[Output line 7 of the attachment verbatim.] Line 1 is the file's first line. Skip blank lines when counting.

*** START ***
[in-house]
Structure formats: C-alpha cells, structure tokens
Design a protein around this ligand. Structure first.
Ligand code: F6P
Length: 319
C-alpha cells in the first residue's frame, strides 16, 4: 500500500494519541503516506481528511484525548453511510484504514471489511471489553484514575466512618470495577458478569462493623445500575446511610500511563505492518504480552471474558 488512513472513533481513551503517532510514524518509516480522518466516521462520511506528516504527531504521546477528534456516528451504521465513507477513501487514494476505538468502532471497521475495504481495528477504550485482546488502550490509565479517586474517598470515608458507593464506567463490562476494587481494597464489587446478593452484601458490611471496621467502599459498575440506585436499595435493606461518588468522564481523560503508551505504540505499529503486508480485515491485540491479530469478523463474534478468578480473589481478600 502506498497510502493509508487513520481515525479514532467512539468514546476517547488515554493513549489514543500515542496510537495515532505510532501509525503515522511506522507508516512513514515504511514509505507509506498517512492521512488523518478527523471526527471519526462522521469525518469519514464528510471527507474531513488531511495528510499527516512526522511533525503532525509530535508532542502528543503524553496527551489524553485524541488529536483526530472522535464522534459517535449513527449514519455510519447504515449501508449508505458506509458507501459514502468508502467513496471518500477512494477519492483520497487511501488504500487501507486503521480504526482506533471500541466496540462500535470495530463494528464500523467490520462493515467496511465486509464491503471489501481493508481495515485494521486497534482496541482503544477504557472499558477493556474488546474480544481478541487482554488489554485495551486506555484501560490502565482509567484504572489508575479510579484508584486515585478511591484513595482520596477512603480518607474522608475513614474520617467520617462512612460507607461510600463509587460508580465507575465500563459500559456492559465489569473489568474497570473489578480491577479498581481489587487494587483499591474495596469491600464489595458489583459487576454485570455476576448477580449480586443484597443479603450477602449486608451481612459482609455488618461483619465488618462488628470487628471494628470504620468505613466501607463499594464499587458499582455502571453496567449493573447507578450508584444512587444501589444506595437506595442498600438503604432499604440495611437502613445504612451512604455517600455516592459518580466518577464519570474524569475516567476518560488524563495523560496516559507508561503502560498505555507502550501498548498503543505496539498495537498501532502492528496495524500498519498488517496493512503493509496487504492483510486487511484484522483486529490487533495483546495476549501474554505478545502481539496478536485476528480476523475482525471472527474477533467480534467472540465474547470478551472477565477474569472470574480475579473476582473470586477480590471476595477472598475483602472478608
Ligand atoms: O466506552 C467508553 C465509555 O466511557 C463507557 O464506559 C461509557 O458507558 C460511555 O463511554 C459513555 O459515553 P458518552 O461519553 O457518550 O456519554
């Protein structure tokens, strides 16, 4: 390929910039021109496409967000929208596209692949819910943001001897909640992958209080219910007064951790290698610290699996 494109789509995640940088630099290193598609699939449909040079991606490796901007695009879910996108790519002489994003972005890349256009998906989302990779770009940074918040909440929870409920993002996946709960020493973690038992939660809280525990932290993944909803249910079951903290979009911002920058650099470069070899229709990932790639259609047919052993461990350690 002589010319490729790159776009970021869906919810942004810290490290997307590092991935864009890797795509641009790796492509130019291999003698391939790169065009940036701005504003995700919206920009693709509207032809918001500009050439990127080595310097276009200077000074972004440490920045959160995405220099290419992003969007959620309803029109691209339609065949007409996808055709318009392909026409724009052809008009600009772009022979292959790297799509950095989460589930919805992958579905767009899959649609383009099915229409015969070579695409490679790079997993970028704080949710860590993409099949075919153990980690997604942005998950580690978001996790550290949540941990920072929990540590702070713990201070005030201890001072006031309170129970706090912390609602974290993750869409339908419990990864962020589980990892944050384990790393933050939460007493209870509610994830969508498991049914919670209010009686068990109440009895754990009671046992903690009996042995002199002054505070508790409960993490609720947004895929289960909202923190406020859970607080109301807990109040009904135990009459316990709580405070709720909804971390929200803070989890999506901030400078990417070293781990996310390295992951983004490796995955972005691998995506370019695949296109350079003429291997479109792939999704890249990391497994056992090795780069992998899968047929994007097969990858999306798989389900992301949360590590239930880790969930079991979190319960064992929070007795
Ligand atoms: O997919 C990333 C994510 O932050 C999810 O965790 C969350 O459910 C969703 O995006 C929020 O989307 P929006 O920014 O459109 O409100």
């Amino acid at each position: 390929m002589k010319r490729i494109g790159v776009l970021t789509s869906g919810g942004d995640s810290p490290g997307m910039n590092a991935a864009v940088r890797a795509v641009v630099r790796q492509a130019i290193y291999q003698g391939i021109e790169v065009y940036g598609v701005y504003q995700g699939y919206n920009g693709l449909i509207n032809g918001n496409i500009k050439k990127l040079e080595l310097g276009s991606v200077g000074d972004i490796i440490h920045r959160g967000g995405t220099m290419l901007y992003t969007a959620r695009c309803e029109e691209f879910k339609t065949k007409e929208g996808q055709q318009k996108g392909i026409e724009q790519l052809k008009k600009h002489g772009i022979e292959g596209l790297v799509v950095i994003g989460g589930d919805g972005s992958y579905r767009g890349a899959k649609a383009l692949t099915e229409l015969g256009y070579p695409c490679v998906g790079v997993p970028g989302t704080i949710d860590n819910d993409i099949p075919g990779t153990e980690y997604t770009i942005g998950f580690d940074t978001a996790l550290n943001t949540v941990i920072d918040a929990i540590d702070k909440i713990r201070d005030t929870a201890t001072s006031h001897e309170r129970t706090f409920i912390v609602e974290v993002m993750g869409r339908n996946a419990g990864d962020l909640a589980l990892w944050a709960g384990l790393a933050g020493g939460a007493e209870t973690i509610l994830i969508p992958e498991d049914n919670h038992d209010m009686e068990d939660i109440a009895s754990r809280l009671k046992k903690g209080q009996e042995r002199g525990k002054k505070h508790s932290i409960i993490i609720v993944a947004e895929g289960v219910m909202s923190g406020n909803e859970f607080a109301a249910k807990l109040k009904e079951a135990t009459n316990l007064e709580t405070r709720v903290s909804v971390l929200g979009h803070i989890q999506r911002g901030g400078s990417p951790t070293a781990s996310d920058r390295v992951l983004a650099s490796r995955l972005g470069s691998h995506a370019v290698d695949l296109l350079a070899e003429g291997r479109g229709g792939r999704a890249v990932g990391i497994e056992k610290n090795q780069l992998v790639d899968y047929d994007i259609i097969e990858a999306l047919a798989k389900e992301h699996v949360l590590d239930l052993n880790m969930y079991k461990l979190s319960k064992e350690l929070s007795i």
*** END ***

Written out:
Ligand atoms: O466506552 C467508553 C465509555 O466511557 C463507557 O464506559 C461509557 O458507558 C460511555 O463511554 C459513555 O459515553 P458518552 O461519553 O457518550 O456519554